Thus Spake Zarathustra by tracy cox

Each poster is hand-printed and handled, to make sure that only the highest quality is offered and sent out. The matte paper and high quality of inks make for a vibrant image which looks great both framed, and au-naturel. Printed in Los Angeles, CA, on Epson Enhanced Matte Paper, heavyweight stock, high color gamut, using Epson UltraChrome HDR ink-jet technology. Framed posters offer the same, museum-quality printed poster, but wrapped in a protective black frame. The frame is lightweight and includes a shatter-resistant acrylite front protector, so it won't break in the mail. International orders may be subject to customs duties & taxes.

Proceeds Support:
Proceeds support DreamCorps, a social justice accelerator founded by Van Jones that advances economic, environmental, and criminal justice solutions. Recovering the Classics is a collection of new covers for 100 of the greatest works of fiction in the public domain. Together we can help to keep these classics fresh, modern, and accessible to new generations of readers. As part of an initiative announced by the White House, we are partnering with the New York Public Library and the Digital Public Library of America to bring these amazing covers to libraries and schools nationwide.

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Artist Statement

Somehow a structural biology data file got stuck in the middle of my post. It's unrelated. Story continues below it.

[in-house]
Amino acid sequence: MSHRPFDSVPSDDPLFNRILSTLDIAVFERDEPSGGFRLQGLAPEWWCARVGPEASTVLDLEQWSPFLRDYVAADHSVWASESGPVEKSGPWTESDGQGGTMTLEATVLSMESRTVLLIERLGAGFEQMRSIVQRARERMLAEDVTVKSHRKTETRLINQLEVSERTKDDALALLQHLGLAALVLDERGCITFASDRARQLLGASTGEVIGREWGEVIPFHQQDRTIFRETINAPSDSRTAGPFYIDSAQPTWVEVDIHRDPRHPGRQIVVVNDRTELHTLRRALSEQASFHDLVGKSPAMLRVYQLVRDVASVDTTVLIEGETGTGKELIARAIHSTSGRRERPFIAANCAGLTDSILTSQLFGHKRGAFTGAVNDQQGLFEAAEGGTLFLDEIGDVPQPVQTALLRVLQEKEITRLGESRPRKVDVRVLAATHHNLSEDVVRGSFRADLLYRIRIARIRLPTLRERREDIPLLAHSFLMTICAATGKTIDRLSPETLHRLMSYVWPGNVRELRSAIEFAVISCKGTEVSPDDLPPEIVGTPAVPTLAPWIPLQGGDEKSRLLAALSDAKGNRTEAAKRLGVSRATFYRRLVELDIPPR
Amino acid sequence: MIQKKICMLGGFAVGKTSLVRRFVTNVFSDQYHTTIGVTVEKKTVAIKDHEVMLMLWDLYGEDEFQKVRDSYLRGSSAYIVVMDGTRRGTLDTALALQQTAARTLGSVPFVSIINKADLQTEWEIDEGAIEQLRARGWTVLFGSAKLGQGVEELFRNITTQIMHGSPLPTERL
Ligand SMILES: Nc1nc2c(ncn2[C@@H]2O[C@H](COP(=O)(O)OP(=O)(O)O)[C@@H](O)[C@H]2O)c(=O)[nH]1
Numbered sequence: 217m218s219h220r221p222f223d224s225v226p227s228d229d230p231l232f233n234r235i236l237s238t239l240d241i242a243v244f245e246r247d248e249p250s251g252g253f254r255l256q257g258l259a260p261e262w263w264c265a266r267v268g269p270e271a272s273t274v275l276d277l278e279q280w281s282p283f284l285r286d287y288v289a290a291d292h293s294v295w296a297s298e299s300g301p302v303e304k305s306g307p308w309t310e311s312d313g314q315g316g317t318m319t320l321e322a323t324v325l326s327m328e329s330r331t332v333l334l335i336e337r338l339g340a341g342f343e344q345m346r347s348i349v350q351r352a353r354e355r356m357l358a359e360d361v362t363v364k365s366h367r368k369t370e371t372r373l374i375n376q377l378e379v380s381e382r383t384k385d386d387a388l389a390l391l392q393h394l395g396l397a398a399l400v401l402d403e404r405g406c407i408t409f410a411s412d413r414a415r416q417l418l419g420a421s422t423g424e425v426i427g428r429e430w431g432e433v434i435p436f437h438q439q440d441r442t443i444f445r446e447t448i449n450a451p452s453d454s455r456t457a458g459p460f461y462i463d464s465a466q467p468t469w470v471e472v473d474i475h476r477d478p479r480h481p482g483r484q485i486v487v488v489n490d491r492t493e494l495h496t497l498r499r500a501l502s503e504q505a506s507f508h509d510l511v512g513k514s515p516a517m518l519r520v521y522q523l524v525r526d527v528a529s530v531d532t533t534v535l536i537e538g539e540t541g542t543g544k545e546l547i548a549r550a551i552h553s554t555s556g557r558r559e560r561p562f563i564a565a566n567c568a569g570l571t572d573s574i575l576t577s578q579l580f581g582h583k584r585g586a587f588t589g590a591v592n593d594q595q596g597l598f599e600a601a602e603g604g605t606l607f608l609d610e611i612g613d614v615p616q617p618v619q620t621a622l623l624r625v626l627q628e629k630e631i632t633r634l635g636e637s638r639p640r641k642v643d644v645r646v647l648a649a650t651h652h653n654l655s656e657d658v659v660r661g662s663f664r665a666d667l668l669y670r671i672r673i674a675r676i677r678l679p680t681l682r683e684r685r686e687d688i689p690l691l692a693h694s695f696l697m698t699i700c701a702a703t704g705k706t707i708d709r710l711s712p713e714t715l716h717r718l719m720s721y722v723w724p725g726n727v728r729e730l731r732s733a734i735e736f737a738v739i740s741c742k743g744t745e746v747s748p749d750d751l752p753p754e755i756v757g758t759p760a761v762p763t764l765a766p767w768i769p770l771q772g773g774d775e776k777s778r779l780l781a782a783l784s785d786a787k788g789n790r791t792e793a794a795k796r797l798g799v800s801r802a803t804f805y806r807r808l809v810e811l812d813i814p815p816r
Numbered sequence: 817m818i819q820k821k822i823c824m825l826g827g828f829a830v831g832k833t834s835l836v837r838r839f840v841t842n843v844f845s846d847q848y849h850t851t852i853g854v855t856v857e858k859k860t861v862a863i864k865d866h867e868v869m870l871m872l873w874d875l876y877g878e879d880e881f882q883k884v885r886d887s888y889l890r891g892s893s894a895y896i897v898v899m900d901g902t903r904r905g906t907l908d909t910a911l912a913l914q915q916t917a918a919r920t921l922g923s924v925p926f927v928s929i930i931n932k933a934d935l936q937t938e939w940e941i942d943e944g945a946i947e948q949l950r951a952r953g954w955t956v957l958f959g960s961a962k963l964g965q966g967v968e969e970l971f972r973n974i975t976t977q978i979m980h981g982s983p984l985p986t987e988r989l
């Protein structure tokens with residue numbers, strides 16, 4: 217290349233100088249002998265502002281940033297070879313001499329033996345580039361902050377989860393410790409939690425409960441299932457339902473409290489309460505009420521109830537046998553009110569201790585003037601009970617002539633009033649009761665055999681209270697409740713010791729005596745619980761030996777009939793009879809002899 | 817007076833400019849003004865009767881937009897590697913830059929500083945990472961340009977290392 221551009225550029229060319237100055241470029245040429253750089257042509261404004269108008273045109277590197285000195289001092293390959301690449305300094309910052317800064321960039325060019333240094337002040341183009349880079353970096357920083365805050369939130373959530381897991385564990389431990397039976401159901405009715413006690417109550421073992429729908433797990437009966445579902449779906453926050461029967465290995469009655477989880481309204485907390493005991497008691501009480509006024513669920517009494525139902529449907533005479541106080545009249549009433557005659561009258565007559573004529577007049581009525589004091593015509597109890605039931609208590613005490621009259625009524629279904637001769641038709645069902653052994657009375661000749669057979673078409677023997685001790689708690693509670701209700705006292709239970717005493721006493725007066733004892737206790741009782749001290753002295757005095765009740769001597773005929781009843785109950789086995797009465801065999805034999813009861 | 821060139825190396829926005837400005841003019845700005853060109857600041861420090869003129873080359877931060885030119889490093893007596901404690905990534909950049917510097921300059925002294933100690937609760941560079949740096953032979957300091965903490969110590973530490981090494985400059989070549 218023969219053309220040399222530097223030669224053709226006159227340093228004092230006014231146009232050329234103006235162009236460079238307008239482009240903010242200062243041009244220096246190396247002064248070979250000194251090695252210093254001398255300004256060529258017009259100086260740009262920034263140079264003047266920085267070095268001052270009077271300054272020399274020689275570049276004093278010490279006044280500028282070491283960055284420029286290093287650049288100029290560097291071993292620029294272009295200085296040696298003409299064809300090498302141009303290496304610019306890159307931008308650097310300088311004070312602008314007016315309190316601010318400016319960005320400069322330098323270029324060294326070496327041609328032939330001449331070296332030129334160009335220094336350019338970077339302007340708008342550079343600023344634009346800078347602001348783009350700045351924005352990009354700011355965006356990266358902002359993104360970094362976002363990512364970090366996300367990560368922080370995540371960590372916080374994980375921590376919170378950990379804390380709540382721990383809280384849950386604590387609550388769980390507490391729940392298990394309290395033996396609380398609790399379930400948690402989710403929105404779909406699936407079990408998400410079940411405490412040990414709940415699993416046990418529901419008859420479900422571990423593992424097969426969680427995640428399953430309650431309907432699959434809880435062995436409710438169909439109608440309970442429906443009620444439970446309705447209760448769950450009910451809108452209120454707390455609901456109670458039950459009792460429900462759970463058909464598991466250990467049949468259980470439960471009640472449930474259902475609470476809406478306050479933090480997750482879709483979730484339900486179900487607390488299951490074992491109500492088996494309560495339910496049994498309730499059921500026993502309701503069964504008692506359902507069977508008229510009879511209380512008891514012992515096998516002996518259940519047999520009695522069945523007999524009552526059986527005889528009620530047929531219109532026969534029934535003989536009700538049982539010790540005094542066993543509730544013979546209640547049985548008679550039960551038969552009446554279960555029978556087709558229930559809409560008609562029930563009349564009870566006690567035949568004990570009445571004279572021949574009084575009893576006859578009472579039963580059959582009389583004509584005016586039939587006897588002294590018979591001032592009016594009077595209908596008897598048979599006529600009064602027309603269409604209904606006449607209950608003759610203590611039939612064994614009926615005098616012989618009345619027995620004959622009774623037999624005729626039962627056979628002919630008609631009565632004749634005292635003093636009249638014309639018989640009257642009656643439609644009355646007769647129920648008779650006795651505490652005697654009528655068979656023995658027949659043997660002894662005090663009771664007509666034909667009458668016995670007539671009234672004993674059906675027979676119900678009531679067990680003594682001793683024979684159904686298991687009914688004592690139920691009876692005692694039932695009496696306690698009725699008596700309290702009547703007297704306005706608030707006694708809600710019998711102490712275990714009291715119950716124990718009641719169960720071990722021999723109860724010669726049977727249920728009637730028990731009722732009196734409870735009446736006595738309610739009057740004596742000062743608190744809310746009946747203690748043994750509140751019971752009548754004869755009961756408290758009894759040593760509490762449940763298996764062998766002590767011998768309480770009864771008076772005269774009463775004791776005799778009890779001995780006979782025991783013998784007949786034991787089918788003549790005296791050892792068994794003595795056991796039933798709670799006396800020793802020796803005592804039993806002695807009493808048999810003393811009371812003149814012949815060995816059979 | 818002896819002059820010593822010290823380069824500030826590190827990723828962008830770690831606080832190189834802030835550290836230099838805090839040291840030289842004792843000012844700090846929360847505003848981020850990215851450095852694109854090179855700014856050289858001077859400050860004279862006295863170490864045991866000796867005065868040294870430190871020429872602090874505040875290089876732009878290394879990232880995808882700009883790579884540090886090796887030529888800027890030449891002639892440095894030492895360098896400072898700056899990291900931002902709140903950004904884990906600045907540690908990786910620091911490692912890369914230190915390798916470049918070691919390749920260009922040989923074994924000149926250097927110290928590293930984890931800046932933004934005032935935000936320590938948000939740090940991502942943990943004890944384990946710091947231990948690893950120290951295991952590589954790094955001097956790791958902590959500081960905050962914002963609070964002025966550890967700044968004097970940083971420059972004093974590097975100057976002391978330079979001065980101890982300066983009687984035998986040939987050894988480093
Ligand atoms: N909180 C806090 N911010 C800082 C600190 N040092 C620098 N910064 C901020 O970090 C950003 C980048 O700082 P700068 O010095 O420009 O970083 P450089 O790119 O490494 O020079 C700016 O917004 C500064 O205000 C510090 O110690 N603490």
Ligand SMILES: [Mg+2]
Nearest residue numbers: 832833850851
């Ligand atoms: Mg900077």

I am still working on reading the book (it has been on my list for years), but I have tried my hand at researching it. I decided to keep it as simple as possible, since Nietzche is noted for speaking simply and plainly. So: Black/white/red. He has also been noted for taking simple assumptions and turning them around... so I took the main title and put it on a 90º angle, making it top heavy(balanced by the subtitle). However, order comes through in the alignment of the letters HP and R. An idea in the book is the notion that things keep recurring, which I tried to symbolize by trailing the ascender off the right side, and the descender off the left, kind of like they can go on for infinity. Lastly, I wanted some kind of figure to represent either Zarathustra or one of the big ideas that comes through this book -- the "übermensch" or "overman" humanity is striving towards (if i am getting it)... However -- Zarathustra is fictional, and the overman doesn't exist, so i had the idea of making the background paper and tearing away the image. So it's really an image of nothing. Maybe I overthought all that, but there it is. (**resubmitted a better image and fixed typos**) — tracy cox